Sunday, October 28, 2018

Honoring Those On The Margins


October 28, 2018 – The 23rd Sunday after Pentecost, Proper 25B

© 2018 Evan D. Garner

Audio of this sermon can be heard here. Video of the entire service can be seen here.

Sometimes change comes slowly, taking years to unfold, but other times everything changes in an instant. The love of your life walks through the door, and your heart melts the first time you see her. You hold your new baby in your arms for the first time, and you know right away that there is nothing you wouldn't do for him. A terrorist walks into a synagogue and unleashes the power of evil and hatred unto an unsuspecting congregation. The surgeon walks out and relieves you of all your fear, telling you that everything is going to be ok. The Bible is God’s story of salvation, unfolding over thousands of years yet revealed in moments of miraculous power.

Jesus and his disciples were on their way to Jerusalem, and, as they passed through Jericho, a large crowd joined them. As they were leaving the city, a blind man named Bartimaeus, who was sitting on the side of the road, began to cry out, “Jesus, Son of David, have mercy on me!” At this point, there was only one destination left for Jesus and those who travelled with him. Jerusalem and the confrontation with the religious and political leaders that awaited him there were the only things left on Jesus’ earthly agenda. The time for miraculous healings was over. Jesus didn’t need to prove himself to anyone anymore. Yet Bartimaeus kept crying out, “Jesus, Son of David, have mercy on me!” It was if he was the only one on the road that day who did not know where Jesus was headed. Many in the crowd ordered him to be silent, to stop getting in the way, to stop distracting Jesus from his mission, but he cried out all the more insistently and defiantly: “Son of David, have mercy on me!” And then Jesus stopped and stood still.

In an instant, everything changed. “Call him here,” Jesus said to those who were with him. And, with those words, the crowd was transformed. Those who had been trying to silence the blind beggar now exclaimed enthusiastically, “Take heart; get up; he is calling you.” Jesus asked Bartimaeus what he could do for him, and Bartimaeus asked that he might regain his sight. Jesus granted the man’s request, but Bartimaeus wasn’t the only one who regained his sight that day. The crowd, which had once thought of blind Bartimaeus as an impediment, a distraction from Jesus’ mission and ministry, now saw that the beggar, the nuisance, was a disciple just like them. And all it took was the attention Jesus showed him.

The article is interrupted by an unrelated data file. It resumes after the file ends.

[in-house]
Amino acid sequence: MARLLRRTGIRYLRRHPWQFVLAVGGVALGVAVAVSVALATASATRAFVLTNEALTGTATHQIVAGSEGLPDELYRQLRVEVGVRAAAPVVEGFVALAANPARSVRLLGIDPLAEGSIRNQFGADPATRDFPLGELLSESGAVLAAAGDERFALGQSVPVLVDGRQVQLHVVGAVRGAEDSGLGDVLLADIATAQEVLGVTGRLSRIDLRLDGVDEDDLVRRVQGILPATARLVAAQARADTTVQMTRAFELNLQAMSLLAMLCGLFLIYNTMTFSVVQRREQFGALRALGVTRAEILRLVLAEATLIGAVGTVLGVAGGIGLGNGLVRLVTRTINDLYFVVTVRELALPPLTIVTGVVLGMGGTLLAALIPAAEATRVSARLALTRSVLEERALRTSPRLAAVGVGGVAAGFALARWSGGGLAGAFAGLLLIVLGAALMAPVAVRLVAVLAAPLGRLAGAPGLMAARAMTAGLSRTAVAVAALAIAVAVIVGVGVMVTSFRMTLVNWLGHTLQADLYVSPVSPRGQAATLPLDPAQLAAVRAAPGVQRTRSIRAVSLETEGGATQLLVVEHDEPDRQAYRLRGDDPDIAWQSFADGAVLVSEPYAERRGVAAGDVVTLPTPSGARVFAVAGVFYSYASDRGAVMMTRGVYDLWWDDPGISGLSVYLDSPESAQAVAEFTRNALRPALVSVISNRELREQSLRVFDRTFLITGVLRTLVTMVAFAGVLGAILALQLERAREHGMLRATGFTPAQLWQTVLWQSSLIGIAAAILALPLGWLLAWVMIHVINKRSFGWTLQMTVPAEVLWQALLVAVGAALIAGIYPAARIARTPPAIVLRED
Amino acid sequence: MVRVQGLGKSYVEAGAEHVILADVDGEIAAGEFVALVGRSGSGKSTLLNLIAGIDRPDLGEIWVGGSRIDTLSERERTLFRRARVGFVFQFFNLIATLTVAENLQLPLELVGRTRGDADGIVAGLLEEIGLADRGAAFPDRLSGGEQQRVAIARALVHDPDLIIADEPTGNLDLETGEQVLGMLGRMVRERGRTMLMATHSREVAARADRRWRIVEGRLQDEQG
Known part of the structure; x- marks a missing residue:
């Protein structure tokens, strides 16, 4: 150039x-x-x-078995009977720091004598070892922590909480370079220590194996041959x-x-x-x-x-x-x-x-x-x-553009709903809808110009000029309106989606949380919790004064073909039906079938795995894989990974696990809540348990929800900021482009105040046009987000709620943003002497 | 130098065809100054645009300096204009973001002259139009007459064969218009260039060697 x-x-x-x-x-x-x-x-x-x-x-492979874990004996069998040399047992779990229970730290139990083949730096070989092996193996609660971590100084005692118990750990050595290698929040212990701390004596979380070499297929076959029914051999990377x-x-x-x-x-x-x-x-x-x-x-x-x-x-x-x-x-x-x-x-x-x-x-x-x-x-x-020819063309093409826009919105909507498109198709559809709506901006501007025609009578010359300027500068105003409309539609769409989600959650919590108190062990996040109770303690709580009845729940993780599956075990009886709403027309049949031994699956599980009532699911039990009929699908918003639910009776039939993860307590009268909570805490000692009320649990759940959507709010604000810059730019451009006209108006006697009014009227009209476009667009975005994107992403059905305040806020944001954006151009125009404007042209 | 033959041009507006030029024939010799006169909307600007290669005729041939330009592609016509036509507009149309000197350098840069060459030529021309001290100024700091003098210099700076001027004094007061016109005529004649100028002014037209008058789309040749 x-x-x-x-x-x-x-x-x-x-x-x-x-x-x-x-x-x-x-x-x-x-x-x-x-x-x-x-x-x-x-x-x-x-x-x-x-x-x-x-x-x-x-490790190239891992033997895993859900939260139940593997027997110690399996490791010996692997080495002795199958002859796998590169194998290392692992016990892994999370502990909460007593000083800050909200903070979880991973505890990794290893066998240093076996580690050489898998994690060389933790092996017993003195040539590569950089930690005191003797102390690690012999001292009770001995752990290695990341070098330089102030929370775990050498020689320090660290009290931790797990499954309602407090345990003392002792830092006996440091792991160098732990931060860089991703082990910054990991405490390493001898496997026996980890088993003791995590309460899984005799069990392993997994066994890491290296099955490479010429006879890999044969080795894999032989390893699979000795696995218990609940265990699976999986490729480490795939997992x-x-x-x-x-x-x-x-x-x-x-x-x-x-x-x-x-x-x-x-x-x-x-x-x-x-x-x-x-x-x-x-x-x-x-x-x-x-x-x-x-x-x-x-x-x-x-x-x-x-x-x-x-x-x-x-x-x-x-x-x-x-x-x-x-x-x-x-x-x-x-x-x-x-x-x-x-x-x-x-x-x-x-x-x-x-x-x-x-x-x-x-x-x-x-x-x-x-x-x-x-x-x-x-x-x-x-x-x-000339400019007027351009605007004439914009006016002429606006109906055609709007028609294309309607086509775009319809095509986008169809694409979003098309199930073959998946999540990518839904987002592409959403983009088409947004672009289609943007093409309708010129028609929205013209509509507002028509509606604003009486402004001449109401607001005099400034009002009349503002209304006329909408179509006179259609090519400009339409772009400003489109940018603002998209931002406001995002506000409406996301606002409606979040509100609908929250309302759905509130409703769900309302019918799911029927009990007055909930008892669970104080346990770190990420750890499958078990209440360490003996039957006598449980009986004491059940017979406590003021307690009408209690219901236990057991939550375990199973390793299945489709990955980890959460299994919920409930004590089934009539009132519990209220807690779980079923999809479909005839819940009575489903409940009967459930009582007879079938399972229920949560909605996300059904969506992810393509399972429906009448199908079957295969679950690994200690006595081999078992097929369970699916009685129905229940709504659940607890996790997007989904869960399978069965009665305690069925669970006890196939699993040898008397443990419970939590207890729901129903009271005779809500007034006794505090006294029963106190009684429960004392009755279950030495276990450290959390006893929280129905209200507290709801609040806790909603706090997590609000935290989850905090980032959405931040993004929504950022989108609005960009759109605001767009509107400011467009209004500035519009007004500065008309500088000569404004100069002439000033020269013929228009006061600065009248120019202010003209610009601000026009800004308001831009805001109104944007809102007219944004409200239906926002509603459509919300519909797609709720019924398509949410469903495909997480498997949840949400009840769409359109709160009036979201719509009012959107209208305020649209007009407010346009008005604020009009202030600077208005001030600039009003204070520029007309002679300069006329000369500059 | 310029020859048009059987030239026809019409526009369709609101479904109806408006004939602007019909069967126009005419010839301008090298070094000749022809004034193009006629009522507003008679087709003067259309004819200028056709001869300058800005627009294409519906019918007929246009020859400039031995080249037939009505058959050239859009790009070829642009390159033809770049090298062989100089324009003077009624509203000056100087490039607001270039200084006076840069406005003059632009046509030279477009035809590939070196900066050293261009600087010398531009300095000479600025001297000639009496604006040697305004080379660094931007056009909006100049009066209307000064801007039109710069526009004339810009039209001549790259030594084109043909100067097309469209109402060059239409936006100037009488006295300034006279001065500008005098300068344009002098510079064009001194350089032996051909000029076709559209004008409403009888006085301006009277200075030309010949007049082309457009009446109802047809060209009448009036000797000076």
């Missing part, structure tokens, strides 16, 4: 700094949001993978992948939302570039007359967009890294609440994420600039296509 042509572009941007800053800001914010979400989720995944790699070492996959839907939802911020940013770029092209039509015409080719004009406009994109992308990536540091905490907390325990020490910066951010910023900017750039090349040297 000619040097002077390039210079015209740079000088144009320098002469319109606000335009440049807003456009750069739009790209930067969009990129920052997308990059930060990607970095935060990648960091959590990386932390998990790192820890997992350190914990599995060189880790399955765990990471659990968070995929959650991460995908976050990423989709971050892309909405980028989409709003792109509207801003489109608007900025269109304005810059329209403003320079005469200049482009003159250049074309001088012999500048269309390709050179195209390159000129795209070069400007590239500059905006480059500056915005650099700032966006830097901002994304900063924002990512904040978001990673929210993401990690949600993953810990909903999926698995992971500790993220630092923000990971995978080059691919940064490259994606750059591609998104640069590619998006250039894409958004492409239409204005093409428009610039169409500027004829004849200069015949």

This is an exciting time in the life of this church. Everything seems to be going well. Programs for children, youth, and adults are growing. Our music and worship are beautiful. New ministries are springing up, and old ministries are receiving renewed attention. Enthusiasm is contagious. We have much for which to be thankful. We are riding a crest of momentum as the mission of this church is being fulfilled. But will we become so focused on our own progress that we walk right past the one for whom Jesus stops and stands still? When we see who it is that Jesus cares for, everything changes. In a moment of compassion, he shows us that the fulfillment our mission does not lead us past those in need but is embodied by them. I want to be a part of a church that uses its resources to honor those who have been pushed to the side of the road, to the margins of life, because that is where we will find Jesus. What about you? Is that the kind of church you want to give your life to as well?

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